Three-and-a-half months after being given permission to drop anchor indefinitely in bays not usually available for long stays, vessels were making their way out of Magens Bay Monday morning, to the relief of many Magens Bay regulars unaccustomed to hosting more than the one or two occasional overnight guests.
The exodus was ordered Friday by the Department of Planning and Natural Resources, which issued a call for all long-term anchoring vessels in temporary anchorages opened during the state of emergency “Stay at Home” order to relocate their vessels to a designated area for mooring and anchoring area by Friday, July 24.
When the yachts – which have ranged from multimillion-dollar luxury 100-or-more-foot yachts to 30-foot live-aboard sailboats – were thrown out of the British Virgin Islands and barred from entering other foreign ports, Gov. Albert Bryan Jr. welcomed them to the U.S. Virgin Islands.
Brewers Bay, Magens Bay and Lindberg Bay, all on St. Thomas, and Lind Point, St. John, were approved as temporary anchoring sites due to the high volume of vessels that relocated to the territory because of the COVID-19 pandemic.
In early April, locals expressed something near shock at seeing 18 boats homeporting in Magens Bay.
But that turned out to be a small number as, over the last months, 18 grew to as many as 41 vessels sheltering at home in the tranquil, turquoise – once crystal clear – waters of the large bay on St. Thomas’s north side.
Regulars at John Brewers Bay, where sea turtles are the usual residents, faced the same startling scene, with boats crowded into the shallow bay. The turtles feed off the seagrasses and have, in the past, laid eggs on the beach, which is lined with red streetlights to prevent the hatchlings from heading in the wrong direction as they emerge from their shells.
Howard Forbes Jr., St. Thomas coordinator for the V.I. Marine Advisory Service, said though he had never seen turtles hatch at Brewers, the absence of boating activity was bound to support increased marine life in the bay that is home to the University of the Virgin Islands Marine Biology research program.
Forbes was quick to say that “not all boaters are bad boaters.” He believes that many of the mariners do make the three-mile journey out to open waters as required, to empty their septic tanks. But not all of them.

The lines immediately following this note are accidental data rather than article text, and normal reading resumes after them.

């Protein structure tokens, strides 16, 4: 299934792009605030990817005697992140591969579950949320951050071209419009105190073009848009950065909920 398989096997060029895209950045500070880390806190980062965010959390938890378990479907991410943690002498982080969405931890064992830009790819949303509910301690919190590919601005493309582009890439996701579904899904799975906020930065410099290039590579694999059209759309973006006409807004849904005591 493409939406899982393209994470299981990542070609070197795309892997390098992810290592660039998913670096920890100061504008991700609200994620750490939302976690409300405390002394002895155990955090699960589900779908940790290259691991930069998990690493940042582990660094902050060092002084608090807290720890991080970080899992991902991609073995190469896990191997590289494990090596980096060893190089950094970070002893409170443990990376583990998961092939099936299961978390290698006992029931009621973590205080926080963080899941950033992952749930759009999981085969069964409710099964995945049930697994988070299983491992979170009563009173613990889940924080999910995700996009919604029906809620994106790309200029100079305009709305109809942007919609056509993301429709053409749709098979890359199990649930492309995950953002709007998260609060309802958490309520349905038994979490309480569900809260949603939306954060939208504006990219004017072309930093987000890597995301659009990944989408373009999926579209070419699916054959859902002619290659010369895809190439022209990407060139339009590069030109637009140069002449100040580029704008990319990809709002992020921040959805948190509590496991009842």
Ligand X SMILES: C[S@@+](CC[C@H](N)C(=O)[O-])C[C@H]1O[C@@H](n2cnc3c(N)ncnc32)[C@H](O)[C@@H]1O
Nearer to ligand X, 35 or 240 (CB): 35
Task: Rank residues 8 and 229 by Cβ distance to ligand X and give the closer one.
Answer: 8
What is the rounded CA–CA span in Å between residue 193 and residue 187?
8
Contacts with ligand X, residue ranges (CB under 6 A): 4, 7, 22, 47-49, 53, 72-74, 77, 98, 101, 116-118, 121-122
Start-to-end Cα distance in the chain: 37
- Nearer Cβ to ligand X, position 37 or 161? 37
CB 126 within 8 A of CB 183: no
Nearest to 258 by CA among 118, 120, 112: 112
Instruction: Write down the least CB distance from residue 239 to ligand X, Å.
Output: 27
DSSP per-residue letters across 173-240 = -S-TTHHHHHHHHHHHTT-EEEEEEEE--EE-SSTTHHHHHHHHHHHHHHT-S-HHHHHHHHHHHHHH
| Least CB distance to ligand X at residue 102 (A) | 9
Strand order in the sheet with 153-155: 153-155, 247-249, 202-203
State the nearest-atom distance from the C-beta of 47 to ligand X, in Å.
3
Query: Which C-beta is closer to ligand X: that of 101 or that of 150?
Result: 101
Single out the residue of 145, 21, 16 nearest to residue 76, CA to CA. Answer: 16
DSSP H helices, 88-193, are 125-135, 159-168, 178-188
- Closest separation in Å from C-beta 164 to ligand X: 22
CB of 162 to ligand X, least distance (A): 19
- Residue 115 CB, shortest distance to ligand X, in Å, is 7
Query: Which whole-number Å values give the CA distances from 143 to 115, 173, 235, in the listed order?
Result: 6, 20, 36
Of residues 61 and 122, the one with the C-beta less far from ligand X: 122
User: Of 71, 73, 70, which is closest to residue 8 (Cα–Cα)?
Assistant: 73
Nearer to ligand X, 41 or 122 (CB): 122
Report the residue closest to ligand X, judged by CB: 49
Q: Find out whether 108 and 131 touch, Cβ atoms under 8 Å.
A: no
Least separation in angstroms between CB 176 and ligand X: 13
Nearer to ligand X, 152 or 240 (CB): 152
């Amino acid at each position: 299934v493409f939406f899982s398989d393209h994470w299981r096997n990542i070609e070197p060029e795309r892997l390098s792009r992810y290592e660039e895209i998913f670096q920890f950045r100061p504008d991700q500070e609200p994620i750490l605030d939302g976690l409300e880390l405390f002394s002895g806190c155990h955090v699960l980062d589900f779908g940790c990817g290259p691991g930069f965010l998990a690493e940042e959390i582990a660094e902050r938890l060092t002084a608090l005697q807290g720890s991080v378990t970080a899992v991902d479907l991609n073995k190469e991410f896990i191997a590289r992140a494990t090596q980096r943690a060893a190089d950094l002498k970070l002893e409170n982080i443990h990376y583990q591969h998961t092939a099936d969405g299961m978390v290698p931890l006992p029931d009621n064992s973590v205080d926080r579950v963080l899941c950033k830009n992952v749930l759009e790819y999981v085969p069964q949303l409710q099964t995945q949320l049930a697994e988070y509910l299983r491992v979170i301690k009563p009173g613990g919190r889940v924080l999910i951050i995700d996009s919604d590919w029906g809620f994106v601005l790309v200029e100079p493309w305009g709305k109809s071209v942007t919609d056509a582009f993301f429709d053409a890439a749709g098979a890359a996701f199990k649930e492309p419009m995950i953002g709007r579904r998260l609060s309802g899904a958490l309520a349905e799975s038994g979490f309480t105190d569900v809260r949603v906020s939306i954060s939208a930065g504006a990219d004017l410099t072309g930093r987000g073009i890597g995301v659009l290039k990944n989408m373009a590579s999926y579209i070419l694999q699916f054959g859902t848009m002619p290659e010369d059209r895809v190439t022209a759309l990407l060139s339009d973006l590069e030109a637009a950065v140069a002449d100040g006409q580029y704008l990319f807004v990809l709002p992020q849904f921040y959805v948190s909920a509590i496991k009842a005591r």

Part of the issue with boaters in the Virgin Islands waters, he said, is the inability to enforce regulations. The Department of Planning and Natural Resources is charged with monitoring the vessels, but with only two boats for St. Thomas and St. John that’s not an easy task.
According to DPNR chief enforcement officer, Howard Forbes Sr., a bigger problem is the lack of manpower. When COVID-19 struck, all the V.I. government’s law enforcement officers were redirected to the virus and its attendant emergencies.
Forbes Sr. said Monday, he felt most of the boaters had obtained anchoring permits and completed health certificates as required when Bryan opened the territory to the orphaned vessels.
As for the sudden edict issued Friday that the visitors must relocate to designated anchorages by the following Friday, Forbes Sr. said, “We are trying to get back to normal, at least on the marine side.”
Lindbergh Bay on St. Thomas and Lind Point, St. John are two other areas that boaters are required to vacate.
Here is a list of bays where properly permitted vessels may relocate to:
St. Thomas: Charlotte Amalie Harbor, Pacquereau Bay, Bolongo Bay, Secret Harbor, Long Bay, Water Bay, Red Hook Bay;
St. John: Coral Harbor, Great Cruz Bay, Chocolate Hole;
St. Croix: Chenay Bay, Christiansted Harbor, Cotton Garden Bay, Frederiksted Harbor, Salt River, Teague Bay.
All vessels anchored in the territory are required to have a valid anchoring permit, which must be renewed every 30 days.